Help is available for anyone who is thinking about suicide or knows someone who is considering it. The National Suicide Prevention Lifeline offers free, confidential support and answers calls throughout the day and night at 1-800-273-8255. The Crisis Text Line is also available 24/7 by texting HOME to 741741.
Other Kentucky newspapers are paying more attention to suicide. The News Journal in Corbin reported on the importance of talking about suicide to reduce stigma, and knowing the risk factors and warning signs.
The Georgetown News-Graphic recently reported about a six-day, 100-mile firefighter walk that came through Scott County Aug. 22 and ended in Lexington Aug. 24 to bring awareness to firefighter cancer, post-traumatic stress disorder, and suicide. Jennifer Peryam writes, “There were at least 103 firefighter suicides and 140 police officer suicides in 2017, according to the Ruderman Family Foundation.”
Suicide reporting tips
Studies show stories about suicide may influence others to attempt it, so it’s important to follow some simple guidelines when writing about it.
In its “Preventing Suicide: A Resource for Media Professionals” guide, the World Health Organization notes that suicide imitation behavior resulting from media coverage is often related to how long the suicide is covered, the intensity and repetition of the coverage, and the amount of detail given about the suicide and the individual involved.
The guide offers great detail on the best ways for reporters to write about suicide, but offers these suggestions as a quick reference:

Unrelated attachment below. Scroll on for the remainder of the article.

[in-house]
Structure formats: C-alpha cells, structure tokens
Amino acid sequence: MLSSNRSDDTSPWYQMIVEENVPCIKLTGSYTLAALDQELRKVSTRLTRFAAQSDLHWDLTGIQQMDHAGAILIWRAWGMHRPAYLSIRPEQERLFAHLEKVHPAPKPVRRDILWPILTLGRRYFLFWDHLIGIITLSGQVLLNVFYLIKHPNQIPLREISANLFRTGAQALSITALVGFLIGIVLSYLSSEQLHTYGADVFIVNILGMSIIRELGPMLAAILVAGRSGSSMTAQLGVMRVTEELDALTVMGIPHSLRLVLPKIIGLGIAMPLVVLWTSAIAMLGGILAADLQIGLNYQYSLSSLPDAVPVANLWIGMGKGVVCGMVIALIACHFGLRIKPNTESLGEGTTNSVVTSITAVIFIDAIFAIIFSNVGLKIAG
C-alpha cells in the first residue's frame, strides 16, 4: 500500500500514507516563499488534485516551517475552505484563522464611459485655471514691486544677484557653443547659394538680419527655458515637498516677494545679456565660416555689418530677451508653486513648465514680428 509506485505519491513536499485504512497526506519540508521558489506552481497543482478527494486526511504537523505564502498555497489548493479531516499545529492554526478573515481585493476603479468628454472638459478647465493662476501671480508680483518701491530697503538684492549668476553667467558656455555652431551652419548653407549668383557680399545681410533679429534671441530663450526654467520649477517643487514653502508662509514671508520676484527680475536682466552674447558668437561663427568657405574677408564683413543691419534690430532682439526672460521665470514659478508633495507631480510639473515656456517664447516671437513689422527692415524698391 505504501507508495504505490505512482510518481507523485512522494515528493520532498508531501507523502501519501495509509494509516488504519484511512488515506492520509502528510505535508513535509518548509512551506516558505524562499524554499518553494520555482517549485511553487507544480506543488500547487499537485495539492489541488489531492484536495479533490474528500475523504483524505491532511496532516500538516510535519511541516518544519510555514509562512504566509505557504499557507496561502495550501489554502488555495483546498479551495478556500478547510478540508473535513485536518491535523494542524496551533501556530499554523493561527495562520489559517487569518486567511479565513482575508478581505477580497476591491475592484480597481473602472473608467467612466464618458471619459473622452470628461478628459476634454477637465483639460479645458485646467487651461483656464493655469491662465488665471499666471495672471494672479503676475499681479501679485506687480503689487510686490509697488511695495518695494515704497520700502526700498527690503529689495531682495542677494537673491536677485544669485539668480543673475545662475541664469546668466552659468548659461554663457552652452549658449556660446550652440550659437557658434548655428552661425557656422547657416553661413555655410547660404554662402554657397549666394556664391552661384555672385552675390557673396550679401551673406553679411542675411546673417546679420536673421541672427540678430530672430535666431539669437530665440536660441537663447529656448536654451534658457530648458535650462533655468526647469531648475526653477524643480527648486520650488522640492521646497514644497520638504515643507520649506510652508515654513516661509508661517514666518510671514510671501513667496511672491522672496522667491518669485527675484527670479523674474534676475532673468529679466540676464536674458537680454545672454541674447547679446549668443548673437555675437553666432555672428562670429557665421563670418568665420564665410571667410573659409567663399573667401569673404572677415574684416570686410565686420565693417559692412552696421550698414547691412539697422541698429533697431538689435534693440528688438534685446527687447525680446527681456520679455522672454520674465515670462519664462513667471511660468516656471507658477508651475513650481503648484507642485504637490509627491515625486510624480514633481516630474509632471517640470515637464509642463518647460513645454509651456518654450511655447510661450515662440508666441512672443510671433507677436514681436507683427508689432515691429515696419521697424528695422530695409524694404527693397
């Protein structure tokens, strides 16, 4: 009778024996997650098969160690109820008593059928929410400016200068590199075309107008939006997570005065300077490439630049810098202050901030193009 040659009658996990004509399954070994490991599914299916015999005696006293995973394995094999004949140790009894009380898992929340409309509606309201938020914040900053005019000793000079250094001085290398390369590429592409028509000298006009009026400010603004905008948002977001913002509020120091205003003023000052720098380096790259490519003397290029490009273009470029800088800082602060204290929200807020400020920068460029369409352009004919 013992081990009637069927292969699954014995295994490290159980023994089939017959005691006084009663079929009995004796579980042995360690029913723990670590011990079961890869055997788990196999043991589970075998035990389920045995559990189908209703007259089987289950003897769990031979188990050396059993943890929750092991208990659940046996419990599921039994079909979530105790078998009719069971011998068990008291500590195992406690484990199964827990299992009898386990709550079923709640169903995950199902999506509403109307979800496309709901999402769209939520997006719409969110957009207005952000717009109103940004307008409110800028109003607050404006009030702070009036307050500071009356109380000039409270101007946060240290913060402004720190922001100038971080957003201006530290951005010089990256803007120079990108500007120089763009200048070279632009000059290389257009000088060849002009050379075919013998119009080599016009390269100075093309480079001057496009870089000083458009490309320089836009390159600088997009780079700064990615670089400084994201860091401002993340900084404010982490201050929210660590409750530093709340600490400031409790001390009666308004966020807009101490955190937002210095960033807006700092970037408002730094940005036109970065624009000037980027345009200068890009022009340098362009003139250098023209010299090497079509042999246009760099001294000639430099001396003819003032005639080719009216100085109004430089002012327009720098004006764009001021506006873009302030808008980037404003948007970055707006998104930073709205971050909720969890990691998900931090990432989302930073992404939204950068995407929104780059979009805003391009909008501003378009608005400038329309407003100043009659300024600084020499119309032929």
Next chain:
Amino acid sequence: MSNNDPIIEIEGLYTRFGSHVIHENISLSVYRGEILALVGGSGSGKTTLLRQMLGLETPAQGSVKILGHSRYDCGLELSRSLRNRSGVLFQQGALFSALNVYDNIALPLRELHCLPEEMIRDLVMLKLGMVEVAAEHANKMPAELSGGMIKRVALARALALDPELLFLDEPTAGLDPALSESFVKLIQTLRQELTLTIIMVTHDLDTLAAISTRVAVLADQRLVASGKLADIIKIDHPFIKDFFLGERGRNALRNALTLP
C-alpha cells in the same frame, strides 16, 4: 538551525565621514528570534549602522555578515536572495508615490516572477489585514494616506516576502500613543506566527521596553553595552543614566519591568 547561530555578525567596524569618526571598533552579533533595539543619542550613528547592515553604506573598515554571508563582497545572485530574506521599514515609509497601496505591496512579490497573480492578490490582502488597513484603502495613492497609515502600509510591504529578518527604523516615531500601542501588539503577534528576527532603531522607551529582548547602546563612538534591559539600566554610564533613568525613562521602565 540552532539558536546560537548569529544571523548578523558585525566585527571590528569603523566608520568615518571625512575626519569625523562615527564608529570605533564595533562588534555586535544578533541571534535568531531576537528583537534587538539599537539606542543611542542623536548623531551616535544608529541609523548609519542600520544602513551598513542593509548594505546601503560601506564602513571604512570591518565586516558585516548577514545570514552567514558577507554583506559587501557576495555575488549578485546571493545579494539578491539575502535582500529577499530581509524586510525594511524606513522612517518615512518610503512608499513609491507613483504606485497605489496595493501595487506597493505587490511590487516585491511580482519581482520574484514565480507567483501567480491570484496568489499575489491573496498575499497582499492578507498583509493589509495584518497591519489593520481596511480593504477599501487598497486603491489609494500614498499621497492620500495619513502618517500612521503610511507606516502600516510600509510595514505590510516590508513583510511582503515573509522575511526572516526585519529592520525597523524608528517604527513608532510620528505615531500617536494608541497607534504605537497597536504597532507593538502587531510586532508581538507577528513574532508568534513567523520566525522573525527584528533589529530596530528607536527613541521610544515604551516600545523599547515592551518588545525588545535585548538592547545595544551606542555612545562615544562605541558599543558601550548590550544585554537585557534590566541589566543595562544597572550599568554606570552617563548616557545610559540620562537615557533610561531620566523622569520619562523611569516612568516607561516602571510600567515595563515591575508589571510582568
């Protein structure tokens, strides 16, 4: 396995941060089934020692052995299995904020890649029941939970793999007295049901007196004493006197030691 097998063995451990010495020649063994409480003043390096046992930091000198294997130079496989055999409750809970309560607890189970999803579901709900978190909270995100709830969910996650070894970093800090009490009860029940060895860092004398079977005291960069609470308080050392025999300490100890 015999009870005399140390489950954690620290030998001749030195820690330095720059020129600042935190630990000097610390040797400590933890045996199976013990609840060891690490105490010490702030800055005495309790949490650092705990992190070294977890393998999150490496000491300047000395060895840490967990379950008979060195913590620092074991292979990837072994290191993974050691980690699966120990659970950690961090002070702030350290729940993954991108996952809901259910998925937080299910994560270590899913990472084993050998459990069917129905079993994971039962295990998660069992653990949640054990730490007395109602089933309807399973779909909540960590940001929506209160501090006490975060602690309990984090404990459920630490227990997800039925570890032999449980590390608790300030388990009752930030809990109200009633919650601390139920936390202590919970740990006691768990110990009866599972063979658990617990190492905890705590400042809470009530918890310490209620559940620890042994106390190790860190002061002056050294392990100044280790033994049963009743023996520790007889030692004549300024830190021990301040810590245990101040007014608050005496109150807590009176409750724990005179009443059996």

• Take the opportunity to educate the public about suicide
• Avoid language which sensationalizes or normalizes suicide, or presents it as a solution to problems • Avoid prominent placement and undue repetition of stories about suicide
• Avoid explicit description of the method used in a completed or attempted suicide
• Avoid providing detailed information about the site of a completed or attempted suicide
• Word headlines carefully
• Exercise caution in using photographs or video footage
• Take particular care in reporting celebrity suicides
• Show due consideration for people bereaved by suicide
• Provide information about where to seek help
• Recognize that media professionals themselves may be affected by stories about suicide
Jim Pumarlo, a former newspaper editor who writes a column for community journalists, writes in his most recent piece that they should consider approaching families of suicide victims for stories about the phenomenon.
“The sensitivity of suicide almost makes the subject taboo in general conversation, and it brings a feeling of guilt or embarrassment to mention in an obituary. That is unfortunate, because suicide truly is an epidemic as the statistics underscore,” Pumarlo writes. “Suicides are the kind of news that should be reported if community newspapers truly are to be the recorder of local events – a living history of our home towns. They are necessary if community newspapers are to remain relevant and represent themselves as the source of local information.”
Other resources for reporting on suicide can be found on the Reporting on Suicide website and the American Foundation For Suicide Prevention. The Association of Health Care Journalists has also put together a tip sheet to help journalist responsibly write about suicide.
Here are American Foundation for Suicide Prevention suggestions on how to write about suicide (click on the image for a larger version):